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The Rediscovery of U 170: Runestones, Churchyards, and Burial Grounds in Sweden
Shane McLeod

Journal of the North Atlantic, No. 25 (2014): 1–8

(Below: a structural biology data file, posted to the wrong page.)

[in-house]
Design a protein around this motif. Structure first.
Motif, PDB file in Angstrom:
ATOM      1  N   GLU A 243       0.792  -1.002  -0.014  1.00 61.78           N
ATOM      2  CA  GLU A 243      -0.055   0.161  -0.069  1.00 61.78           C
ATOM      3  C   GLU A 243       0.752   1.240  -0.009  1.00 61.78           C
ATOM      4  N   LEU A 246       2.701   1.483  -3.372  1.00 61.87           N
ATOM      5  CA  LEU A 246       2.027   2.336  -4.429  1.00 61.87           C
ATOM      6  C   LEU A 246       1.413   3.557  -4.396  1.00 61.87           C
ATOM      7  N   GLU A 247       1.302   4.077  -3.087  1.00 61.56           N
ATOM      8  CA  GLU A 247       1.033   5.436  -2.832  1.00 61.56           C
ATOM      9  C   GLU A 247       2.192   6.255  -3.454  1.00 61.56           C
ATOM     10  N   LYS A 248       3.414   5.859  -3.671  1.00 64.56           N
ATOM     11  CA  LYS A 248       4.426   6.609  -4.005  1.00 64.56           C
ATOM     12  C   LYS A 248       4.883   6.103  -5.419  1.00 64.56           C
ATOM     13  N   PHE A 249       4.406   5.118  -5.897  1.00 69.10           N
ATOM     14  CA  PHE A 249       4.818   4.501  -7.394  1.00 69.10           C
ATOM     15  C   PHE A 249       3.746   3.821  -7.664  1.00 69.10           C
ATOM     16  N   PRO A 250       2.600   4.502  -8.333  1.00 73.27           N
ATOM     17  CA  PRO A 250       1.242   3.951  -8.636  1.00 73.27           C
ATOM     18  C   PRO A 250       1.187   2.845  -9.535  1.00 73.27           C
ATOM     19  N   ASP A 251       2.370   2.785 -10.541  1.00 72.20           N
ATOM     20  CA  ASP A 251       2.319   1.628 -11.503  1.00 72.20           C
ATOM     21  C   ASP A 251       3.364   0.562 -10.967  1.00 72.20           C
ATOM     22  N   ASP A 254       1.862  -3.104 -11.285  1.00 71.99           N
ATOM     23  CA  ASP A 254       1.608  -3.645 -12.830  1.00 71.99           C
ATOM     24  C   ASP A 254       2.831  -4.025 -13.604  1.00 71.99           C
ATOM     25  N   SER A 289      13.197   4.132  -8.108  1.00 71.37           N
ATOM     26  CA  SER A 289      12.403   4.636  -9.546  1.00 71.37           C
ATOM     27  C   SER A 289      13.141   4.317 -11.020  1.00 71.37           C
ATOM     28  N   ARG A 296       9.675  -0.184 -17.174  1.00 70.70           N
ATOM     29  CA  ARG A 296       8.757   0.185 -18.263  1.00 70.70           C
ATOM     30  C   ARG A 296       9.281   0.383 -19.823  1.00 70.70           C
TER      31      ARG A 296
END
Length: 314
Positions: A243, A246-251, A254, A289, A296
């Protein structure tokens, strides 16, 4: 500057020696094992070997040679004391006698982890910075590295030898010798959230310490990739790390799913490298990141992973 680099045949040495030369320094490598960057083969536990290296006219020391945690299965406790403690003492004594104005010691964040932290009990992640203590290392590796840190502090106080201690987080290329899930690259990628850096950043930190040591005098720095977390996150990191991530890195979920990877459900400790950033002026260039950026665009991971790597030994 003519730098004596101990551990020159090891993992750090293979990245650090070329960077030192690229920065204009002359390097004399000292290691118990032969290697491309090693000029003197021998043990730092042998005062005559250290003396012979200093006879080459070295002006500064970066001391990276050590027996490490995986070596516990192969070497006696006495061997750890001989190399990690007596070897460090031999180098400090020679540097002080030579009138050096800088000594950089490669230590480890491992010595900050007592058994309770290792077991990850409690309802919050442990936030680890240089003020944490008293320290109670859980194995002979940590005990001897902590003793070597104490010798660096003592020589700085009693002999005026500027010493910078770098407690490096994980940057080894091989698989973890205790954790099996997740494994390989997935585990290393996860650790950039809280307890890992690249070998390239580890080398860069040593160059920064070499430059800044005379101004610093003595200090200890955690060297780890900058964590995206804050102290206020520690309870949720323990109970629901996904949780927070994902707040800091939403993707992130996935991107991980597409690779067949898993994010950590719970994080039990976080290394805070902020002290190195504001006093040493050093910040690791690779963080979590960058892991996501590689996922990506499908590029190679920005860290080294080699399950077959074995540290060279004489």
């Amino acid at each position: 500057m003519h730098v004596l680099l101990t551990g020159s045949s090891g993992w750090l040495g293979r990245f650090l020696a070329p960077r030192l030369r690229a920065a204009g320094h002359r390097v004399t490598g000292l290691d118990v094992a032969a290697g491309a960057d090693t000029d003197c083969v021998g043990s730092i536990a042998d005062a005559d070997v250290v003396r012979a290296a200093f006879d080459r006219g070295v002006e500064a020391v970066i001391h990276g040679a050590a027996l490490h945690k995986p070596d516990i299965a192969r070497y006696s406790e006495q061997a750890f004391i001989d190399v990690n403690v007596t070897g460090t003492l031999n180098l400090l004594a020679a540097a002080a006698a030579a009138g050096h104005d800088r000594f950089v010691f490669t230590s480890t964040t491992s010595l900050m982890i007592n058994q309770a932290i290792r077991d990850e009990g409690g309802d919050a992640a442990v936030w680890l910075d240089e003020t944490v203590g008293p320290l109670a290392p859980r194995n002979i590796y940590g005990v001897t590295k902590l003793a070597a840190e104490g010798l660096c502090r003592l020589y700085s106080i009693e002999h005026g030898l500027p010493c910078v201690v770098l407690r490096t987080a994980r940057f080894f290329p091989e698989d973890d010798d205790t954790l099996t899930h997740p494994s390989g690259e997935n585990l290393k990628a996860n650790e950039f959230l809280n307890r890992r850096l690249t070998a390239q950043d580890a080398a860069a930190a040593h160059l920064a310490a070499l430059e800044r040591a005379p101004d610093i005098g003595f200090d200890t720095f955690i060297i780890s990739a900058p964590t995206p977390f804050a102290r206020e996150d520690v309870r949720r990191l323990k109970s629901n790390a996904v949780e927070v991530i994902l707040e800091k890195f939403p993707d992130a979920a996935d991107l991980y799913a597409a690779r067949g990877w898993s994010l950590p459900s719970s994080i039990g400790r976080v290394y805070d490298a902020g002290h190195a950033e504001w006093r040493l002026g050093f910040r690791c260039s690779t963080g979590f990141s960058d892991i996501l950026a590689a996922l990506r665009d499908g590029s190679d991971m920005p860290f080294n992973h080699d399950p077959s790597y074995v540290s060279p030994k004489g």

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The Rediscovery of U 170: Runestones, Churchyards, and Burial Grounds in Sweden Shane McLeod* Abstract - This note reports on the recent rediscovery of runestone U 170 near Bogesund in Sweden. In particular, the position of the monument within the 11th-century landscape is examined in light of the informative text that provides important information on early churchyard burial in central Sweden. The likely reason for placing a Christian monument at the edge of a pre-Christian burial ground is commented upon, including the likelihood of continued ancestor worship, as is its relationship to water. *Impact Research Fellow, History and Politics, The University of Stirling, FK9 4LA, Scotland, UK; s.h.mcleod@stir.ac.uk. Introduction The rediscovery of runestone U 170 between Bogesund’s brygga (Bogesund’s jetty) and the small village of Bogesund in the Stockholm archipelago (Fig. 1) in late April 2013 was a fortuitous discovery for a number of reasons. Obviously, the rediscovery of the stone by Torun Zachrisson and a group of students from Stockholm University is itself a remarkable event as U 170 had been missing for about three hundred years (Källström 2013). Furthermore, the informative text on the stone can now be assessed with reference to the location of the stone within the landscape. The text and the position of the runestone help to shed some light on local attitudes to past beliefs and the landscape during the transitional period when Christianity began to be more widely accepted in central Sweden. U 170 was known from an illustration made by Johan Peringskiöld in the late 17th century (Fig. 2), but the stone and its exact location were later lost. The rediscovered base of the stone matches Peringskiöld’s drawing, with approximately the bottom quarter of the inscription surviving. The small stones packed in around the base of U 170 suggest that the stone remained in its original location (Fig. 3). Even when the drawing was made, the stone appears to have had some significant cracks, and it possibly fell apart not long after the drawing was made (Wessén and Jansson 1940–1943:258). A comparison of the drawing and the surviving stone makes it obvious that what remains today is the section below the two lowest horizontal cracks in the drawing (Fig. 4). A limited excavation around U 170 in June 2013 failed to find any additional fragments with carvings (M. 2014 Journal of the North Atlantic No. 25:1–8 Figure 1. Map of the places named in the text. Map drawn by Aurore McLeod. 2014 Journal of the North Atlantic No. 25 S. McLeod 2 Figure 2. U 170 after Peringskiöld’s original illustration (after B 223). After Wessén and Jansson (1940–1943:259). Figure 3. Deliberately placed small stones at the base of U 170. Photograph by Aurore McLeod. Journal of the North Atlantic 3 2014 No. 25 S. McLeod Källström, Swedish National Heritage Board, Stockholm, Sweden, 2013 unpubl. data). The text of the inscription, as recorded in Peringskiöld’s drawing, read: Latin transliteration : kuni * auk * asa * litu * raisa * sta -- þina * auk * hualf * iftiR * akn- -un sin an ... ...auþr * i akru * a- -R * krafin * i * kirikiu*karþi * fastulfR * risti * runaR * kuin * raisti * stainhal þisa * Old Norse transcription Gunni ok Asa letu ræisa stæin þenna ok hvalf æftiR [Øynd, s]un sinn. Hann [varð d]auðr i Æikrøy(?). [Hann eR] grafinn i kirkiugarði. FastulfR risti runaR. [Gunni] ræisti stæinhall þessa. (Wessén and Jansson 1940–1943:258) English translation Gunni and Ása had this stone and the vault raised in memory of Eyndr, their son. He died in Eikrey(?). He is buried in the churchyard. Fastulfr carved the runes. Gunni raised this stone rock-slab. (Samnordisk runtextdatabas) Based on Peringskiöld’s illustration, the runestone is thought to belong to Anne-Sofie Gräslund’s Pr 3 style group (an Urnes style) and dated to the mid-11th century, ca. 1045–1075 (Samnordisk runtextdatabas; Gräslund 2006:126). The runestone is thus a very early reference to the use of churchyard burial in central Sweden. It is thought that Æikrøy refers to Ekerö in Lake Mälaren about 30 km to the southwest (Wessén and Jansson 1940–1943:261–2). If Æikrøy does refer to Ekerö, then it may suggest that churchyard burial was not then available closer to Bogesund to bury Eyndr. It also demonstrates that Eyndr’s family had a connection to both places that warranted the erection of public monuments. Alternatively, Cecilia Ljung has suggested that although Eyndr died in Ekerö he may have been buried in the parish church of Östra Ryd where two other runestones (U 166 and U 167) raised by the same family have been recovered (Ljung 2012:2). However, it should be noted that these stones were not in their original locations as they were actually incorporated into the fabric of the church (Wessén and Jansson 1940–1943:251, 253), and it cannot be certain that churchyard burial was then available in Östra Ryd. Ljung (2012:5) has also suggested that hvalf monuments like the one raised in the churchyard for Eyndr demonstrate a likely connection with southeastern England during the reign of Knútr and that those buried in such monuments were either in England Figure 4. The remains of U 170. Photograph by Aurore McLeod. 2014 Journal of the North Atlantic No. 25 S. McLeod 4 or related to people who had been there. Although translated as “vault”, at the time the term possibly referred to a stone cist grave with a vault shape (Ljung 2012:1, Wessén and Jansson 1940–1943:262).1 Consequently, Gunni and Ása erected two visible stone monuments to their son, and it is possible that the raised grave slab in the churchyard also contained a runic inscription, like those at Hov in Östergötland (Ljung 2012:1–2). The connection with England is traced through a comparison of stone sculpture in the Ringerike style in England and Sweden (Ljung 2012:4–5). Considering the stylistic dating of U 170 to ca. 1045–1075, it may be presumed that, if Ljung is correct, it was one or both of Eyndr’s parents who had been in England during the reigns of Knútr or his sons Harald and Hardeknud (r. 1016–1042) rather than Eyndr himself. Discussion It has also been noted that a primary function of runestones in eastern Sweden was to declare that the individual or family were Christian, which is clearly the case with the text of U 170 (Sawyer 2000:148). The burial of Eyndr in a churchyard and the prominent cross placed in the center of his commemorative runestone are particularly interesting in light of his parent’s decision to erect his runestone at the edge of a pre-Christian burial ground (ca. 550–1050). Although the burial ground can be difficult to discern today due to the trees and shrubs (Fig. 5; Fornsök, n.d.), burial mounds with stone kerbs are clearly depicted in Peringskiöld’s drawing (Fig. 2). By placing the runestone at the edge of the gravefield Gunni and Ása were combining the Christian monument with a sacred place containing the remains of the ancestors. In this way, although the physical remains of the commemorated were buried elsewhere, a physical presence at the traditional burial ground was maintained, providing some form of physical and emotional link with the past. Considering that “Place is [and almost certainly was] an important factor in the creation of memory and identity” (Leonard 2011:43), then it is likely that the burial ground at Bogesund contained the remains of some of Eyndr’s ancestors, that the maintenance of their memory and the identity of the family unit were considered important, and that runestone U 170 would help to continue the connection to that place and its history. Zachrisson (1998:126–159) has noted that many of the runestones were raised on magnates farms to which their social identity was tied, and in the case of U 170 it would seem that their social identity could also be linked to burial Figure 5. U 170 and the burial ground behind it. Photograph by Aurore McLeod. Journal of the North Atlantic 5 2014 No. 25 S. McLeod grounds. Other explicitly Christian (in either their text or decoration) runestones placed in or near pre- Christian burial grounds, such as U 60, Sö 106, Sm 5, Sm 29, and Sm 42, may have served a similar purpose of maintaining a connection between a family and the burial ground of their ancestors. U 170 clearly demonstrates that runestones were part of the cultural landscape of the transitional period during which Christianity was adopted by a growing number of people in Sweden, and the placement of the Christian monuments in or at the edges of important spaces in the “metaphysically charged” (recent or concurrently) pre-Christian landscape was surely significant (Sanmark 2010:176; cf Brink 2001:81–82). The placement of these Christian runestones in pre-Christian burial grounds provided a powerful link to past practices and perhaps helped to connect these places to the new emerging belief system. Indeed, the placement of the runestones may have helped to consecrate the burial grounds (Gräslund 1996:120). Lydia Klos (2009:350) has taken this notion further and claims that the majority of runestones were originally placed at grave-fields, which allowed them to continue as important places in the early Christian period. However, it should be noted that the number of stones at grave-fields has probably been overemphasized by Klos at the expense of other locations such as roads (Larsson 2010:249–253). Zachrisson (1998:194–200) has suggested that runestones placed on farm boundaries offered protection to the farm, both by the person commemorated on the stone and the Christian ornamentation and text. Consequently, the placing of runestones in or on the boundary of a burial ground may have not only consecrated the cemetery but also protected it. If monuments are regarded as “physical safeguards of the actions and beliefs of communities or individuals” (Leonard 2011:44), then the text and iconography of U 170 clearly expresses a Christian belief, but its placement strongly suggests that earlier burial grounds could co-exist with the new belief system. It has been noted that runestones were public monuments, with many marking farm boundaries where they crossed the main road into the farm, often at bridges since boundaries regularly followed water-courses (Zachrisson 1998:174–194). This public nature of the monuments has led to the suggestion that they served as inheritance documents (Sawyer 2000:47–91). In the case of U 170, it was also located close to water and a road, both of which enhanced the likelihood of the runestone being seen and read. Gunnar Ekholm (1950:138–139) argued that many runestones ended up adjacent to earlier burial grounds by default due to the use of communication networks for the placement of each. However, I consider the decision to place U 170 near a burial ground to have been deliberate, and that its location suggests that the pre-Christian grave-field continued to be visited even if it was no longer in active use, presuming that other locals were also starting to adopt churchyard burial. It is thought that in pre- Christian Norse belief ancestors were believed to appear close to or in their graves and that they needed to be looked after by the living (Sanmark 2010:164– 166). There is also evidence that those in mounds were remembered on feast days, and that pre-Christian burial grounds were visited to celebrate and engage with the ancestors. In chapter 14 of the Saga of Hákon the Good in Snorri Sturluson’s Heimskringla (written ca. 1230) about the tenth-century king of Norway, people at ritual feasts “drank toasts to their kinsmen, those who had been buried in mounds, and these were called minni (memorial toasts)” (Finlay and Faulkes 2011 98). The post-Christian Older Laws of Gulathing, which were first written down in the mid-13th century but represent in part earlier laws, outlawed sacrifices to burial mounds in Chapter 29 (Larson 1935:57). Chapter 23 of these laws also mention feasts for the dead at burial mounds, to which priests were directed to attend, demonstrating that such practices continued into the Christian period (Larson 1935:52–53). Gräslund (2001:227–231) has suggested that external cists found at the edges of some Viking Age burial mounds in Sweden, some of which contained animal bones and potsherds, were used for food and drink offerings to the dead. There is also some evidence that ritual meals or food deposits occurred at runestones (Ljung and Thedeen 2012). If something similar occurred at U 170, then it would have allowed a feast or sacrifice to take place where tradition demanded, near the pre-Christian burial mounds. Finally, the Later Law of Gulathing included a direction not to wake up those living in burial mounds (Sanmark 2010:172), which again suggests that people continued to visit pre-Christian grave-fields well into the Christian period. Indeed, Alexandra Sanmark (2010:171) has characterized burial mounds as “places for communication between the dead and the living”, and this communication apparently continued into the Christian period. Based in part on their shape, Klos (2009:345) has suggested that runestones themselves were used for this purpose, acting as a door allowing communication with the dead, and also as a threshold to protect the living against spirits. Regardless of the validity of Klos’ suggestion, Christian runestones erected at pre-Christian grave-fields should still be considered 2014 Journal of the North Atlantic No. 25 S. McLeod 6 as public monuments that were expected to be seen and read (cf. Klos 2009:349–350). Such public display help to explain the considerable time and effort, and therefore expense, of preparing, carving, coloring, and erecting a runestone (Herschend 1999:15). This notion of runestones as public monuments intended to be admired and read (Ekholm 1950:144– 145) makes another aspect of the location of U 170 very interesting. U 170 is a timely reminder of the importance of water in the medieval period: there is a Viking Age road behind the stone (Fig. 6), but the inscription faces a field which had been part of a bay from which the sea could be accessed (Fig. 7). Magnus Källström has suggested that the stone acted as a landmark for seafarers (2013). Considering that runestones are thought to have been brightly painted (Þrainsson 1999), and a comparison of Peringskiöld’s drawing and the surviving stone suggests that it would have stood around 1.5 m high, this is quite likely to be correct. However, a contributing Figure. 7. Map of the landscape around U 170. Map drawn by Aurore McLeod. Figure. 6. Evidence for a road behind U 170. Photograph by Aurore McLeod. Journal of the North Atlantic 7 2014 No. 25 S. McLeod factor in the orientation of the stone is likely to have been the likelihood of the stone being read, thereby justifying the cost of the stone and ensuring that people learnt about Eyndr and his family. This reasoning suggests that U 170 was just as likely to be read by people coming from the shore as it was by people using the road behind the stone. An excavation carried out around U 170 in June 2013 which revealed that a small area in front of the stone had been paved with small round stones strengthens this suggestion. The excavation was not extensive enough to be conclusive, but the paved area could be part of a larger structure, perhaps a path that led from the road to the seashore (M. Källström, Swedish National Heritage Board, Stockholm, Sweden, 2013 unpubl. data). If this was the case, then U 170 combined visibility from water with visibility from land, and it suggests that as many people were likely to read it if it faced the water as if it was turned around to face the road. The rediscovery of runestone U 170 near Bogesund’s brygga allows the inscription that contains crucial information about conversion-period Sweden to be assessed in conjunction with the location of the monument within the landscape. The stone is situated where three features—a road, bay, and burial ground—meet, thereby maximizing the opportunity for U 170 to be seen and read. The location also makes it clear that a desire for some physical and emotional connection with past practices existed. Placing the runestone on the edge of a pre-Christian burial ground allowed a link with the ancestors to be maintained while following the new Christian burial custom elsewhere. Acknowledgments Chiefly I would like to thank Magnus Källström at Riksantikvarieämbetet for taking the time to meet with me and alerting me to the rediscovery of U 170, and for later providing information about the subsequent excavation at the site. Torun Zachrisson, who re-discovered the stone and led the small excavation, was very gracious in allowing this small contribution to proceed in advance of her full report. I would also like to thank Alison Leonard, Cecilia Ljung, and Alexandra Sanmark for providing copies of their articles. This article has benefitted greatly from the efforts of the two reviewers and the editor, Laila Kitzler Åhfeldt. All errors and oversights remain my responsibility. The Bogesund runestone was visited during a research trip in May 2013 funded by the Australia Research Council’s Centre of Excellence for the History of the Emotions, based at the University of Western Australia. Finally, I thank my wife and daughter for allowing me to drag them out to runestones. Literature Cited Brink, S. 2001. Mythologizing landscape: Place and space of cult and myth. Pp. 76–112, In M. Stausberg (Ed.). Kontinuitäten und Brüche in der Religionsgeschichte. Festschrift für Anders Hultgård zu seinem 65. Geburtstag am 23. 12. 2001. Walter der Gruyter, Berlin, Germany. Ekholm, G. 1950. Var Restes Runstenarna? Fornvännen 45:137–147. Finlay, A., and A. Faulkes (tr.). 2011. Snorri Sturluson, Heimskringla, Vol 1: The Beginnings to Óláfr Tryggvason. Viking Society for Northern Research, London, UK. Fornsök. No date. RAÄ-nummer Östra Ryd 6:1. Swedish National Heritage Board: Riksantikvarieämbetet. Available online at www.fmis.raa.se/cocoon/fornsok/ search.html. Accessed 24 July 2013. Gräslund, A-S. 1996. Some aspects of the christianization of central Sweden. Pp. 117–124, In J. Pentikäinen (Ed.). Shamanism and Northern Ecology, Religion and Society 36. Walter der Gruyter, Berlin, Germany. Gräslund, A-S. 2001. Living with the dead: Reflections on food offerings on graves. Pp. 222–235, In M. Stausberg (Ed.). Kontinuitäten und Brüche in der Religionsgeschichte. Festschrift für Anders Hultgård zu seinem 65. Geburtstag am 23. 12. 2001. Walter der Gruyter, Berlin, Germany. Gräslund, A-S. 2006. Dating the Swedish Viking-Age rune stones on stylistic grounds. Pp. 117–139, In M. Stoklund, M.L. Nielsen, B. Holmberg, and G. Fellows- Jensen (Eds.). Runes and Their Secrets: Studies in Runology, Museum Tusculanum Press, Copenhagen, Denmark. Herschend, F. 1999. Runestones as a social manifestation. Pp. 15–19, In E. Lietoff (Ed.). Runestones: A Colourful Memory. Museum Gustaviaum, Uppsala, Sweden. Klos, L. 2009. Runenstein in Schweden: Studien zu Aufstellungsort und Funktion. Erganzungsbande zum Reallexikon der Germanischen Altertumskunde 64. Walter de Gruyter, Berlin, Germany. Källström, M. 2013. Runfynd bland blåsipporna, In K-Blogg, Swedish National Heritage Board: Riksantikvarieämbetet. Available online at www.k-blogg. se/2013/04/26/runfynd-bland-blasipporna/. Accessed 24 July 2013. Larson, L M. 1935. The Earliest Norwegian Laws: Being the Gulathing Law and the Frostathing Law. Columbia University Press, New York, NY, USA. Larsson, M.G. 2010. [Review of] Lydia Klos. Runensteine in Schweden: Studien zu Aufstellungsort und Funktion. Erganzungsbande zum Reallexikon der Germanischen Altertumskunde 64. Futhark: International Journal of Runic Studies 1:249–253. Leonard, A. 2011. Vikings in the prehistoric landscape: Studies on mainland Orkney. Landscapes 12.1:42–68. Ljung, C. 2012. Early Christian grave monuments and the 11th-century context of the monument marker hvalf. Pp. 1–7. Available online at http://www.academia. edu/792841/Early_Christian_grave_monuments_and_ the_11th-century_context_of_the_monument_marker_ hvalf. Accessed 24 July 2013. 2014 Journal of the North Atlantic No. 25 S. McLeod 8 Ljung, C., and S. Thedéen. 2012. Without a trace? Rituals and remembrance at rune stones. Pp. 9–18, In R. Berge, M.E. Jasinski, and K. Sognnes (Eds.). N-Tag Ten: Proceedings of the 10th Nordic TAG conference at Stiklestad, Norway 2009. BAR International Series 2399. Archeopress, Oxford, UK. Sanmark, A. 2010. Living on: Ancestors and the soul. Pp. 162–184, In M. Carver, A. Sanmark, and S. Semple (Eds.). Signals of Belief: Anglo-Saxon Paganism Revisited. Oxbow Books, Oxford, UK. Sawyer, B. 2000, The Viking-Age Rune-Stones: Custom and Commemoration in Early Medieval Scandinavia. Oxford University Press, Oxford, UK. Samnordisk runtextdatabas: Rundata 2.5. No date. Available online at http://www.nordiska.uu.se/forskn/samnord. htm. Uppsala University. Accessed 24 July 2013 Wessén, E, and S. B. F. Jansson. 1940-43. Upplands runinskrifter, Sveriges runinskrifter vols. 6. KVHAA. Almqvist & Wiksell, Stockholm, Sweden. Available online at www.raa.se/kulturarvet/arkeologi-fornlamningaroch- fynd/runstenar/digitala-sveriges-runinskrifter/ digitala-sveriges-runinskrifter-publicerat/. Accessed 24 July 2013. Zachrisson, T. 1998. Gård, gräns, gravfält. Sammanhang kring ädelmetalldepåer och runstenar från vikingatid och tidigmedeltid i Uppland och Gästrikland. Stockholm Studies in Archaeology 15. Institutionen för arkeologi och antikens kultur, Stockholm, Sweden. Þorhallur Þrainsson. 1999. Traces of Colour. Pp. 21–30, In E. Lietoff (Ed.). Runestones: A Colourful Memory. Museum Gustaviaum, Uppsala, Sweden. Endnote 1Alternatively, Klos (2009:182) translates hvalf as Grabplatte (grave-plate), i.e., a slab or stone at the grave containing an inscription.